AKA: “Uncle Sam”
Samuel Wilson (September 13, 1766 - July 31, 1854) was a meat-packer from Troy, New York whose name is purportedly the source of the personification of the United States, known as "Uncle Sam". Samuel was born in historic Arlington (known as Menotomy at the time), Massachusetts, to parents originally from Greenock, Scotland. The Uncle Sam Memorial Statue marks a site near his birthplace. As a boy, he moved with his family to Mason, New Hampshire. In 1789, Samuel and his brother Ebeneezer moved to Troy, where they went into business. In 1797, Samuel married Betsey Mann of Mason and brought her back to Troy with him. They had four children and lived in a house on Ferry Street. Samuel Wilson died at the age of 87 in 1854 and was buried in Oakwood Cemetery in Troy.
At the time of the War of 1812, Samuel Wilson was a prosperous middle-aged meat-packer in Troy. He obtained a contract to supply beef to the Army in its campaign further north, which he shipped in barrels. The barrels, being government property, were branded with the initials "U.S.", but the teamsters and soldiers would joke that the initials referred to "Uncle Sam", who supplied the product. Over time, it is believed, anything marked with the same initials (as much Army property was) also became linked with his name.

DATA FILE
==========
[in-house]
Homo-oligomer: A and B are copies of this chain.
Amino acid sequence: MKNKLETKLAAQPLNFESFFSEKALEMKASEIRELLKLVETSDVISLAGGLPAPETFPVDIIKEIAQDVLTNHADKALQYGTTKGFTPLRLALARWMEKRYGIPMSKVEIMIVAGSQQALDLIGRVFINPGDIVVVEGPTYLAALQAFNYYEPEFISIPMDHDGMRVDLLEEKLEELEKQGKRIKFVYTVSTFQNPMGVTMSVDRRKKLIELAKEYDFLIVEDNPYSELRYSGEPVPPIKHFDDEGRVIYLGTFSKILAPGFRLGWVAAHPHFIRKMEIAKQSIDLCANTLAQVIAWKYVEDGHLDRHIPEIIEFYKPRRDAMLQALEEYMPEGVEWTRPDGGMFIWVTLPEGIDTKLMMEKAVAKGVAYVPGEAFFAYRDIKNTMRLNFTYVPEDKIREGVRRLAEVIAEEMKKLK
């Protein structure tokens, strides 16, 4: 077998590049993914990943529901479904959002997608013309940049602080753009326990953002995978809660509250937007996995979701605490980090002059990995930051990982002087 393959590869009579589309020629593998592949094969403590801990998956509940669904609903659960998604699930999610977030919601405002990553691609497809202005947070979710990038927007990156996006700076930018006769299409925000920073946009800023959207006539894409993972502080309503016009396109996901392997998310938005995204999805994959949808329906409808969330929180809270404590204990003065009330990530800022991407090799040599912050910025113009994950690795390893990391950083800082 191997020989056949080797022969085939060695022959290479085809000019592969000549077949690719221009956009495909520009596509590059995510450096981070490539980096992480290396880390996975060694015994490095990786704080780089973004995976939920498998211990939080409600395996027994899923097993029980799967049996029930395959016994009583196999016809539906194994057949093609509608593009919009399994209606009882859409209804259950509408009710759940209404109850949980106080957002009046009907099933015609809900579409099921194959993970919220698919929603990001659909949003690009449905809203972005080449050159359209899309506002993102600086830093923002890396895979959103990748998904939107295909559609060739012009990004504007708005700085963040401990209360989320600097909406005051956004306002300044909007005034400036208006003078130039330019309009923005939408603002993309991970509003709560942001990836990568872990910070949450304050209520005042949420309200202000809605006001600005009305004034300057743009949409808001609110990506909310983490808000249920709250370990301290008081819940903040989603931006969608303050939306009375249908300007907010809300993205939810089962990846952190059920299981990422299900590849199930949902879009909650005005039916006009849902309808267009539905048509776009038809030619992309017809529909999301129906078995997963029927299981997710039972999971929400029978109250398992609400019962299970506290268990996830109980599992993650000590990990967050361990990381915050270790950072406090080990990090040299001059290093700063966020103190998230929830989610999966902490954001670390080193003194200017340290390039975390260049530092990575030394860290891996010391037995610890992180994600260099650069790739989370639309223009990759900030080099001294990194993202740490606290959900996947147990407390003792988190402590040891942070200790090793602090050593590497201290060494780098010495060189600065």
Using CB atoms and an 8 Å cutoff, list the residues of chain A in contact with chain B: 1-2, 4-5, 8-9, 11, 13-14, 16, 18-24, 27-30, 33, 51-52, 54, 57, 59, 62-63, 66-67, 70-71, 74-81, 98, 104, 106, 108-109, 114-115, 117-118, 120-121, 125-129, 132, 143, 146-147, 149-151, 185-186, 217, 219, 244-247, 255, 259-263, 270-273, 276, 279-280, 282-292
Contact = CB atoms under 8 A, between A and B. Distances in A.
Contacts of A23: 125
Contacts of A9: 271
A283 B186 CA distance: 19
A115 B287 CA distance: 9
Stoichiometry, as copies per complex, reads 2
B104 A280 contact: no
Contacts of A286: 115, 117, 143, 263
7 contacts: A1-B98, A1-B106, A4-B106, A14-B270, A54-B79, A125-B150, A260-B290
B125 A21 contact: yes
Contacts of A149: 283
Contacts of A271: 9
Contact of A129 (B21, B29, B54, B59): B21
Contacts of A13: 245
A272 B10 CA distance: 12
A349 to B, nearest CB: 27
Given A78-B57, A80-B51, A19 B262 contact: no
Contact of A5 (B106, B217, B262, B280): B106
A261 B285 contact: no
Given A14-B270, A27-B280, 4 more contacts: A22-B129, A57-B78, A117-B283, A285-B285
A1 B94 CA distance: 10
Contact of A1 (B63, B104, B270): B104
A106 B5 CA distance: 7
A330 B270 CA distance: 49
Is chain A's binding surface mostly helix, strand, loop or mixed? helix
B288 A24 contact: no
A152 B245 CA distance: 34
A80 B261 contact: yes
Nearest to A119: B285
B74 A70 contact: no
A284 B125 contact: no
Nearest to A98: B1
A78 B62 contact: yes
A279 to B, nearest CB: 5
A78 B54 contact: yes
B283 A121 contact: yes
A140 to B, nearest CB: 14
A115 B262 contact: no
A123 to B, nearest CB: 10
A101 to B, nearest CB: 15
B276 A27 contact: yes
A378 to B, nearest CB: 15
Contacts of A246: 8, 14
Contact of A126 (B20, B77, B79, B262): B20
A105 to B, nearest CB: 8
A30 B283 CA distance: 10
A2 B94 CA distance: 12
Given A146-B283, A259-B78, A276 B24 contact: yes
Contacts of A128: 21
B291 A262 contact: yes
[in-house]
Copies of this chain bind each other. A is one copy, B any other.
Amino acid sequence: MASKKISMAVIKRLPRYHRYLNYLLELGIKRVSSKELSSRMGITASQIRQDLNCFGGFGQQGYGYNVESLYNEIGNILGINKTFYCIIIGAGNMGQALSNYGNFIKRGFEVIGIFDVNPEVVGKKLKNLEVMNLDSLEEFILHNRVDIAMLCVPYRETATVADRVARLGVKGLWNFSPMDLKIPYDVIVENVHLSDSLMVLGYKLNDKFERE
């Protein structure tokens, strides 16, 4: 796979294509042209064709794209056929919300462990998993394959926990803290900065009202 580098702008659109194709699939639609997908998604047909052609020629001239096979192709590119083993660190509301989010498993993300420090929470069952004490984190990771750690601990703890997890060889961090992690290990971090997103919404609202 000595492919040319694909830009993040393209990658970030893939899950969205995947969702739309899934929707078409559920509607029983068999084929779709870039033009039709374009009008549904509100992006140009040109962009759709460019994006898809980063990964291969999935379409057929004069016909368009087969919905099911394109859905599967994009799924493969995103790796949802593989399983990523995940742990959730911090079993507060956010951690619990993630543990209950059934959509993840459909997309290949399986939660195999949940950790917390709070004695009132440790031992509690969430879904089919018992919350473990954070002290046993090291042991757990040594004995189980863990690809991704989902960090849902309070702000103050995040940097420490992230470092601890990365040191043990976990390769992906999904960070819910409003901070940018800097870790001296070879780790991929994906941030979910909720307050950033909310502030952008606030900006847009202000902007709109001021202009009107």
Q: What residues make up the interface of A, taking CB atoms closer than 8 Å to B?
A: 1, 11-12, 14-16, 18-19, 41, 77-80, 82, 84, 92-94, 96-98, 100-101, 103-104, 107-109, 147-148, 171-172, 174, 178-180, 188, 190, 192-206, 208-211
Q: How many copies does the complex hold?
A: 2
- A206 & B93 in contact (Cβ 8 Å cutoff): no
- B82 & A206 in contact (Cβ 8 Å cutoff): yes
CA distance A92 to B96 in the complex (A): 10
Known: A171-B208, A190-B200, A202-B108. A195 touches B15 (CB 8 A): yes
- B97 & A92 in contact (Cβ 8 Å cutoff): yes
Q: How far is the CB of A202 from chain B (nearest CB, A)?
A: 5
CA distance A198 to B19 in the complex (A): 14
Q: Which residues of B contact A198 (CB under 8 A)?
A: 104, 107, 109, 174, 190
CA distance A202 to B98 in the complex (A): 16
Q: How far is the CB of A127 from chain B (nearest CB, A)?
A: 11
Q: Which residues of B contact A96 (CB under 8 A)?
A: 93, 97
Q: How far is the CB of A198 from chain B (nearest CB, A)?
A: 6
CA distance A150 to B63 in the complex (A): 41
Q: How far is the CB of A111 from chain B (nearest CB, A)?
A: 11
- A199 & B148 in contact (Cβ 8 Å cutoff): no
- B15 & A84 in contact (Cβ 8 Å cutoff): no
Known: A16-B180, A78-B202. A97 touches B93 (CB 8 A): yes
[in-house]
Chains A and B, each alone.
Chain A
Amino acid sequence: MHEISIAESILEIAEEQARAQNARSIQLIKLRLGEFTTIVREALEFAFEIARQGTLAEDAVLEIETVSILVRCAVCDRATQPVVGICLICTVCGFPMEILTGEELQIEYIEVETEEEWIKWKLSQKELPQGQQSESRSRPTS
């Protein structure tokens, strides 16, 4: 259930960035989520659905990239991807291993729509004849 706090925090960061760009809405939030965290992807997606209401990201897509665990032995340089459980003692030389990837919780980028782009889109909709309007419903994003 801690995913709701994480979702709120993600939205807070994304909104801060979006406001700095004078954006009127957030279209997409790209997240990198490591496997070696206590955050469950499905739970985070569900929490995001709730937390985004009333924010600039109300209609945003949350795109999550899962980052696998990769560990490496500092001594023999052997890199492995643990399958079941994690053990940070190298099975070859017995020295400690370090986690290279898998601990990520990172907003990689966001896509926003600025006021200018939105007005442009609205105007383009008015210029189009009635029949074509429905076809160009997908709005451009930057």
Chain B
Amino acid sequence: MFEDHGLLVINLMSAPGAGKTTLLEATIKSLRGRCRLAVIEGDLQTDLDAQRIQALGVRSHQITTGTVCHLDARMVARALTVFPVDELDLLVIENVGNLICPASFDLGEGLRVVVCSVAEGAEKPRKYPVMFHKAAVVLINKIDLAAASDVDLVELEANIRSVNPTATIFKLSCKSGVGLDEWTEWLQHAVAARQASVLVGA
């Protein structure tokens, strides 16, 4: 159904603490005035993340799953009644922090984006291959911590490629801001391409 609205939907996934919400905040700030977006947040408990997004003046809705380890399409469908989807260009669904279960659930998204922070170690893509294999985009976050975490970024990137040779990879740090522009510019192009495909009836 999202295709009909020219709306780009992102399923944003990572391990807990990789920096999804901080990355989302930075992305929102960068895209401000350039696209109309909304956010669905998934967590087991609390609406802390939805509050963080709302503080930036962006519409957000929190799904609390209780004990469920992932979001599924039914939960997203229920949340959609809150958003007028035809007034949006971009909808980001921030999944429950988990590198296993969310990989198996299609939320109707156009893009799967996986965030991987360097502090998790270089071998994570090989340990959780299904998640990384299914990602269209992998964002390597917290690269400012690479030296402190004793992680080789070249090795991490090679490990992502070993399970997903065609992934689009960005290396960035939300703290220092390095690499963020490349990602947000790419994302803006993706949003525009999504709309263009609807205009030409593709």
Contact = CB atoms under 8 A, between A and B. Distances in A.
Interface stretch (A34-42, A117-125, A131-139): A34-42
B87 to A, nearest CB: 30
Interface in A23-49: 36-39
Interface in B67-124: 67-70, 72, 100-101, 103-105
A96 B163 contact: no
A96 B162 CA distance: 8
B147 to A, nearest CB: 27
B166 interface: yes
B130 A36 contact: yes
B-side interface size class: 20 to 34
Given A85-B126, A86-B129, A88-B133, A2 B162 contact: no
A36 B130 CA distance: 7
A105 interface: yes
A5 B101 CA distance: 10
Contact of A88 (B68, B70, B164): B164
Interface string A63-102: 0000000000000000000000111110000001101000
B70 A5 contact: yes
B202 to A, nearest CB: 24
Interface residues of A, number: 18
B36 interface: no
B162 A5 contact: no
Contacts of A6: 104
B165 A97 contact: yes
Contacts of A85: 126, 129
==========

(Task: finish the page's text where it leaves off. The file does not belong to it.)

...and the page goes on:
The 87th United States Congress adopted the following resolution on September 15, 1961: "Resolved by the Senate and the House of Representatives that the Congress salutes Uncle Sam Wilson of Troy, New York, as the progenitor of America's National symbol of Uncle Sam." Monuments mark his birthplace in Arlington, Massachusetts, and site of burial in Oakwood Cemetery, Troy, New York. Another sign marks "The boyhood home of Sam" outside his second home in Mason, NH. The first use of the term in literature is seen in an 1816 allegorical book, The Adventures of Uncle Sam in Search After His Lost Honor by Frederick Augustus Fidfaddy, Esq., also in reference to the aforementioned Samuel Wilson.